The forever conversation – “doing marriage”
From the Diocesan Marriage Team
Following swiftly on the heels of Vocations Sunday where we concentrate on religious vocation, we now prepare to enter Marriage week, 11-17th May where we focus on another form of vocational response to God’s call; Marriage.
A Sacramental Marriage is to be a witness to others of the indissoluble bond of love that Christ has for his people, to demonstrate that, as Pope Francis says, through all the troubles, love can conquer. In our deep relationship with another we catch a glimpse of the love that God has for us. The lived reality is that it is often very hard to always live up to that challenge! Couples approaching their wedding day are often filled with vitality and the conviction of their ability to live a glorious, happy life ahead, they are not always prepared for the cold reality that at some point difficulties eventually hit us all. Rob Parsons tells this great story.
“One August afternoon I took a break and was walking on the beach. It was a wonderful day. The sun shone out of a cloudless sky. It felt good to be alive. I walked along the beach then made my way back to the cottage. As I reached the road I saw an old fisherman sitting on a bench. “It’s glorious, isn’t it?” I said. I don’t know if he was having a bad day or was just tired of tourists, but he said, “You should see it in January.”
The next day I walked on the beach again. It looked as lovely as it had 24 hours ago, but this time I imagined the hills, the bay and the sea whisper to me, “Will you love us in January?”
I believe that the need to love in January comes to every marriage. This is a time when we do not feel ‘in love’. It may be that everything cries out, “Walk away – it’s over.” But over the years I have seen many couples fight to keep their relationship alive in January by ‘doing’ love. They love at that time as an act of the will”.
The 21st century Marriage by Rob Parsons
We are all at different stages of our marriages but the thing that I am sure is common to us all is that we each approached our wedding day with the hope of “happily ever after”. As time passes, we will have recognised that this requires work and effort to keep our relationship healthy and vibrant. The promises we made on our wedding day are a great start, but the commitment we need to show to each other in order to maintain them is lifelong. We could describe the act of being married as a verb, it is an ongoing action, it grows and changes and takes two people and moulds them together in a way that is irreplaceable. Like all living things it requires attention and nurturing, we can quickly find that we slip into bad habits if we assume that all is well and put the gift of our marriage to the back of our mind. Our desire to nurture our marriage needs to be reflected in our everyday lives, in how we love each other, how we behave, what we do to support each other, even when we are feeling cross or irritated with each other!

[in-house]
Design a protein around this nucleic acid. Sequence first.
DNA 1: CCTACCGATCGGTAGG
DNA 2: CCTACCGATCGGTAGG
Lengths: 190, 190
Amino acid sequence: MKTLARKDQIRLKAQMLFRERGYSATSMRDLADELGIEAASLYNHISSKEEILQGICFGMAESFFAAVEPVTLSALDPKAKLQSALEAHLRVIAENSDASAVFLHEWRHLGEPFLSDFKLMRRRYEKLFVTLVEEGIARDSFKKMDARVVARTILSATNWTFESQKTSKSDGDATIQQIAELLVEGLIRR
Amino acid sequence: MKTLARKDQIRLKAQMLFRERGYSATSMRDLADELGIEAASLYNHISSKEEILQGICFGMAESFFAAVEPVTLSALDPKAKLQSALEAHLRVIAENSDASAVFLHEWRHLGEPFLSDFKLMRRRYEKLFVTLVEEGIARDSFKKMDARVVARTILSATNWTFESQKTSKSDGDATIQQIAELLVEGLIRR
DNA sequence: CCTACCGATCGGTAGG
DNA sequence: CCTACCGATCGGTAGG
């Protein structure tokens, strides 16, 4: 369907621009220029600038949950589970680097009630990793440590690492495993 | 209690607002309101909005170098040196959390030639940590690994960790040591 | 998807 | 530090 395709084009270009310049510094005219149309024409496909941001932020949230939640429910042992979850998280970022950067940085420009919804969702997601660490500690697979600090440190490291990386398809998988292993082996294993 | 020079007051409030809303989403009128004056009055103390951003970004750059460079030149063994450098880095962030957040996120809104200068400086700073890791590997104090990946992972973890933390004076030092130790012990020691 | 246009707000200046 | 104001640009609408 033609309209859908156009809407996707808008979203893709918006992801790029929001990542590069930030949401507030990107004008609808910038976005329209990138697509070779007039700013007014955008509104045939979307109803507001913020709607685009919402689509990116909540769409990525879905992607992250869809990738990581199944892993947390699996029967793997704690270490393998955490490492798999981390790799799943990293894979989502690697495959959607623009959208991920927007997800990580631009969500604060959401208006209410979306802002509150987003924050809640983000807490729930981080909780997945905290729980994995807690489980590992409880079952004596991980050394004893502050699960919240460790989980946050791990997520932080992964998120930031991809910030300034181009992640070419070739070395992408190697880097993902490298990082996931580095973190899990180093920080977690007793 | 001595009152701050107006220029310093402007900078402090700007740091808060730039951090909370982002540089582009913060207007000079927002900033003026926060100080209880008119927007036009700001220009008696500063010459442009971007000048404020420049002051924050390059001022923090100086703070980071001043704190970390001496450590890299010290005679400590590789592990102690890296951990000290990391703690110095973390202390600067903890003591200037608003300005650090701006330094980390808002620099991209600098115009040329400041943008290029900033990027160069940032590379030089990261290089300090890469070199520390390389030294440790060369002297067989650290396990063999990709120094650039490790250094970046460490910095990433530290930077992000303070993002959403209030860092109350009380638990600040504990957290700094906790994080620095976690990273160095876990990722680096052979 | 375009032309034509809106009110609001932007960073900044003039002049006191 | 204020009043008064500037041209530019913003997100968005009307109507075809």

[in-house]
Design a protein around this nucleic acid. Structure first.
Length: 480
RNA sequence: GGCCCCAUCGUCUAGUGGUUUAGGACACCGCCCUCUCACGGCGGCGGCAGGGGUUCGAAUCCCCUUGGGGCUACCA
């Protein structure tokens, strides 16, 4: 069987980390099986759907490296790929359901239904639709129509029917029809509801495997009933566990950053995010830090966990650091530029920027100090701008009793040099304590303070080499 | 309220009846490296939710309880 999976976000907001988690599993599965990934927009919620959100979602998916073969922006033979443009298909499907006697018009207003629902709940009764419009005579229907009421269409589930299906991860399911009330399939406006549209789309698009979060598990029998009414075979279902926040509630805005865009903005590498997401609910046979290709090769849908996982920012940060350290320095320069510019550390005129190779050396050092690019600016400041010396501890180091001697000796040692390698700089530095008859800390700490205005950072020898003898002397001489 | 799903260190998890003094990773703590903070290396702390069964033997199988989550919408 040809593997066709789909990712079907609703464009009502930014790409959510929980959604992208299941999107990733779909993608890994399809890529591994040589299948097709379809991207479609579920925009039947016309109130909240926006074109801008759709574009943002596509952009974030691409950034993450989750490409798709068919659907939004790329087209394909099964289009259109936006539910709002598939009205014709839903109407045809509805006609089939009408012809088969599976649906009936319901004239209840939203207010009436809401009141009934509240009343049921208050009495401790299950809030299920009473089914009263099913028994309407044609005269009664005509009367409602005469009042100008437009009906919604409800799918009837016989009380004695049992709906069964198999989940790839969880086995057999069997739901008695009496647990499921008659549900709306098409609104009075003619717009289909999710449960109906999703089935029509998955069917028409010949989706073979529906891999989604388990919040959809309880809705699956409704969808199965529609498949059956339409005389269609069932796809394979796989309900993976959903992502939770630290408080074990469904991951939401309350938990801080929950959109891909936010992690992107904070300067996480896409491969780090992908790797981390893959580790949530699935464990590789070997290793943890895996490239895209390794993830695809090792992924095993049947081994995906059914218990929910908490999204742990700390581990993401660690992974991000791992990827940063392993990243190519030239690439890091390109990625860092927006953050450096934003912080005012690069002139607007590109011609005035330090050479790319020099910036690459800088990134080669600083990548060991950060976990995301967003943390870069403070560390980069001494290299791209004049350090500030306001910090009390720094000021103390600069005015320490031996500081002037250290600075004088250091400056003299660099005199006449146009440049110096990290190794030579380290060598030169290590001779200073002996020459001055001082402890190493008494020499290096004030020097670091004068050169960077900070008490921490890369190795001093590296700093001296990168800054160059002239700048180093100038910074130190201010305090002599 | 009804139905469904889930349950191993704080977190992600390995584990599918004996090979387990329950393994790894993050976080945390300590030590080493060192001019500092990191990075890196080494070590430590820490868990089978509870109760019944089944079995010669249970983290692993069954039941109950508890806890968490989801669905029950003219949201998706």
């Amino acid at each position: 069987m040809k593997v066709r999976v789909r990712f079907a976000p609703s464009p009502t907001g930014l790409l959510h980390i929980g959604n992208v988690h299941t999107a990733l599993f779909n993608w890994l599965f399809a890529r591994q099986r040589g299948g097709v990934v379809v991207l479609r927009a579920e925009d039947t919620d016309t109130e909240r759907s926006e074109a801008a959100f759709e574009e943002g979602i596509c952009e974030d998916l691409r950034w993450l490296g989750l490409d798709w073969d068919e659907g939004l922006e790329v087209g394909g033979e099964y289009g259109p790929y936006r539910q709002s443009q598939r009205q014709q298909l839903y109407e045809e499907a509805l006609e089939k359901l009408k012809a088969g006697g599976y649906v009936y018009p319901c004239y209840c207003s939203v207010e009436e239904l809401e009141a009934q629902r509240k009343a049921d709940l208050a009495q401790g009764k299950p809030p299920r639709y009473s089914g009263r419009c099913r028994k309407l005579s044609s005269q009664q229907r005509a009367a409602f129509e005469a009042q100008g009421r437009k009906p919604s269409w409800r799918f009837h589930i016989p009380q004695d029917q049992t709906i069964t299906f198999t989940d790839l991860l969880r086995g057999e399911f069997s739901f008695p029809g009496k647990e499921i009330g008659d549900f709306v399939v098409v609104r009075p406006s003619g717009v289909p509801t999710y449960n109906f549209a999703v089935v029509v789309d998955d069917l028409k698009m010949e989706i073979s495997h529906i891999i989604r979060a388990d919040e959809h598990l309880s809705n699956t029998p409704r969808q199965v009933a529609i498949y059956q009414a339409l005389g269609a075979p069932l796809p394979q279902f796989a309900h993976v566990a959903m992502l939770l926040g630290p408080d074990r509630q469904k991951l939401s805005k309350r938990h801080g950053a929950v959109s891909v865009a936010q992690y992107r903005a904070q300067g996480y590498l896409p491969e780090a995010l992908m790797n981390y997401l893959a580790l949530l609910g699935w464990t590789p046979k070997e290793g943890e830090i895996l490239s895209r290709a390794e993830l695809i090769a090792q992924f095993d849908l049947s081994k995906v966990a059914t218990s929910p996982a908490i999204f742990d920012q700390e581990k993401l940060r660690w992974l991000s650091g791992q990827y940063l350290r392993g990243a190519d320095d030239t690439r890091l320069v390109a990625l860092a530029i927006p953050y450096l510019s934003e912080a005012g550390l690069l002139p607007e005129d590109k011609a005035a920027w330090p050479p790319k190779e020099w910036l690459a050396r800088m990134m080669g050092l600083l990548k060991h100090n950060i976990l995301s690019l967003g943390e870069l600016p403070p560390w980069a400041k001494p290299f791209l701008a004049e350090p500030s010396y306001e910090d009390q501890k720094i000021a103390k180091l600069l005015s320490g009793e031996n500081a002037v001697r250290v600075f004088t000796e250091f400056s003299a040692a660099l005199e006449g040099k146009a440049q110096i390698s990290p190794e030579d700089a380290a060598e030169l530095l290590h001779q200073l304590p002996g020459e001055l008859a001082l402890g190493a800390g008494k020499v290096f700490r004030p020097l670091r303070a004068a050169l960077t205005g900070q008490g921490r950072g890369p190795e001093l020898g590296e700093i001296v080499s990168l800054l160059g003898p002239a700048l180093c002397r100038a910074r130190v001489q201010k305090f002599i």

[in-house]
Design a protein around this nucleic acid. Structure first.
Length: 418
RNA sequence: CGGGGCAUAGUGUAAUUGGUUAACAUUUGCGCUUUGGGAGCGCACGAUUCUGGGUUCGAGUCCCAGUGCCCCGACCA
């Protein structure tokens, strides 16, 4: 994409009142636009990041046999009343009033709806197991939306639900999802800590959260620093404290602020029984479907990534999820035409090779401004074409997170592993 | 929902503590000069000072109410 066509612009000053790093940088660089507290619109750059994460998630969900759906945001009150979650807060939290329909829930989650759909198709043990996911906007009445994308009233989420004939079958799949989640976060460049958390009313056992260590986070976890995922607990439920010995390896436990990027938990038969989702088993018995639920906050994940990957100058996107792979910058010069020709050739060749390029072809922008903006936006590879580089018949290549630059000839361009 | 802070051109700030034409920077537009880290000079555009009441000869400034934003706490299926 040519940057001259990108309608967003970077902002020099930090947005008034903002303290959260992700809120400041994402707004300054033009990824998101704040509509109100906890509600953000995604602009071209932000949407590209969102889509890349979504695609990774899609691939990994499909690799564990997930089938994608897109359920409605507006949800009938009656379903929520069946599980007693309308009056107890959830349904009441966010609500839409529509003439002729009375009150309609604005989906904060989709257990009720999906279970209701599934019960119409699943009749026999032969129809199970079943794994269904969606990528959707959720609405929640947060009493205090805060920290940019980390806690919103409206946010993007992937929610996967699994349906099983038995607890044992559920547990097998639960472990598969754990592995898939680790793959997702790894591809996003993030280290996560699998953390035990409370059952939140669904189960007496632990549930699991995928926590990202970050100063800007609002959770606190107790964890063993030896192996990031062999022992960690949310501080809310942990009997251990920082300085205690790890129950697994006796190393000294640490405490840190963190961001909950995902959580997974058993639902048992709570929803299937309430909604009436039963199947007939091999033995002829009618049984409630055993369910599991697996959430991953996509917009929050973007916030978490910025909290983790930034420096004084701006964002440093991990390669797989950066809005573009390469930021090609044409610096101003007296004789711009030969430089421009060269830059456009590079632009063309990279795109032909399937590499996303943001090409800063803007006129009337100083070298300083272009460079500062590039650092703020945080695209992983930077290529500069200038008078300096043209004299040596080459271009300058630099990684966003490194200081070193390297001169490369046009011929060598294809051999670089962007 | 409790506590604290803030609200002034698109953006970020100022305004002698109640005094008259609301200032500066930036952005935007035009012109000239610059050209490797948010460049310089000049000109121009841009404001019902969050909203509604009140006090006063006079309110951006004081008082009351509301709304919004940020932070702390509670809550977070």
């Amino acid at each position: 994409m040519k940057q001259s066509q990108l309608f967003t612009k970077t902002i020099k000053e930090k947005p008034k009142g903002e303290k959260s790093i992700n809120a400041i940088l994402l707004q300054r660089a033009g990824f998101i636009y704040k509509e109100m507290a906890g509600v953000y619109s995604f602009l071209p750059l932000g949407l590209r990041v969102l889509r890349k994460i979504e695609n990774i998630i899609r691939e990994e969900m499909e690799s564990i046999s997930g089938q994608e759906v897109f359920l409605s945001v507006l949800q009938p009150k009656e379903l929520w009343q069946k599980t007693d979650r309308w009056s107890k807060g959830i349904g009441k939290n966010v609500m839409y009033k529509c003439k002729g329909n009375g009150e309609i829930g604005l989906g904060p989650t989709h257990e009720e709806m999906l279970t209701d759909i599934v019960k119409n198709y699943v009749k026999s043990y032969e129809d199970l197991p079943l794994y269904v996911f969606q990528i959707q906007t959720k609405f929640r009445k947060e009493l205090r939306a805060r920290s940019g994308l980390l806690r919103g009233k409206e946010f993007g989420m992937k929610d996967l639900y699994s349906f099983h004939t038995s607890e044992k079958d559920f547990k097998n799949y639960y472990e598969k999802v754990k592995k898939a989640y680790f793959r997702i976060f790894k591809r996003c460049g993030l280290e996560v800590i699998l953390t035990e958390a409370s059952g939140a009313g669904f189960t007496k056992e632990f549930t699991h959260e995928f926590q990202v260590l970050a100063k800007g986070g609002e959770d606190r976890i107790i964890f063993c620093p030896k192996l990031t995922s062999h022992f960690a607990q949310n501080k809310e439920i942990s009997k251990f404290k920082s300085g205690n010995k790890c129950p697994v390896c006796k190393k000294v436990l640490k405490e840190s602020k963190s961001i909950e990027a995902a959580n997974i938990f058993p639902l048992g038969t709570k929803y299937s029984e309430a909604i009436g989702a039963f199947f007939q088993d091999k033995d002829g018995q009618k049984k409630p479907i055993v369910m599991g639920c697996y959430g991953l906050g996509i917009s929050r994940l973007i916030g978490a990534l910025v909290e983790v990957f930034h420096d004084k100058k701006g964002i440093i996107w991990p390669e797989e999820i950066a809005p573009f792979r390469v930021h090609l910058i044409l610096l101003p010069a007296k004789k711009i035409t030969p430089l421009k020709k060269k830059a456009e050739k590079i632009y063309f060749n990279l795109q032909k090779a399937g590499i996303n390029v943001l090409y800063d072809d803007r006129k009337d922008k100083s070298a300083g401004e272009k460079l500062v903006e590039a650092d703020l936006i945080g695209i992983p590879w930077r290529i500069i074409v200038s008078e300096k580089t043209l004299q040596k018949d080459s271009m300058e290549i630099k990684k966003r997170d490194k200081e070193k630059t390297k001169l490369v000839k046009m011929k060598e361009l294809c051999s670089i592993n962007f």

For some of us this period of lockdown may be a glorious opportunity to spend time with our families, enjoying each other’s company and relishing in the moment. For others though it might be more difficult. Living in a confined space without the ability for your “own space” is a test of any relationship. It can be at that moment that irritating habits you have managed to avoid being bothered by, rise up and stare you in the face, intolerance is fed by the frustration of being constrained within four walls without access to others in the outside world who may mitigate those feelings.
Marriage Week is the time to “act love”; to take the time to reflect on the strengths in our marriages. Be gentle with each other, everyone is experiencing a completely new way of living and we will all respond to it differently.
Last year my husband and I celebrated 30 years of marriage and as a treat we signed up to “The Marriage Course”, it was the best present we could have given ourselves. Taking time out from our everyday life to focus on our marriage, to spend ”Marriage Time” together was such a joy. We both thought that we had a reasonably good marriage, to all intents and purposes we were very happy, but the course opened our eyes to further riches and has given us the potential to be even happier together. Nikki and Sila Lee have transformed their course to provide an online version, particularly suitable for use at the moment and I would encourage anyone keen to invest in their marriage to sign up. The link can be found here:
Here is a selection of online activities which may be useful:
- The impact of Covid and the lockdown on family life:
- As selection of articles that might hit the spot for a conversation between you can be found here:
- The 21st Century Marriage by Rob Parsons on YouTube.
The Marriage Week team have produced a series of questions that you could perhaps take time to discuss:
- “How much time do we set aside for one another each week?”
- “Are we open and honest with each other about things that we are finding difficult either personally or within our relationship?’
- “How do we show our love to each other within the daily rhythms of life and routines?”
- “Do we handle and resolve disagreements well?”
- “What does intimacy mean for us?”
- “Do we make more effort or less effort to be kind than we used to?”
- “How often do we put our partner before ourselves?”
- “How has our relationship changed over the years?”
- “In what ways has our relationship grown and in what ways could it improve?”
- “Why is commitment important to us?”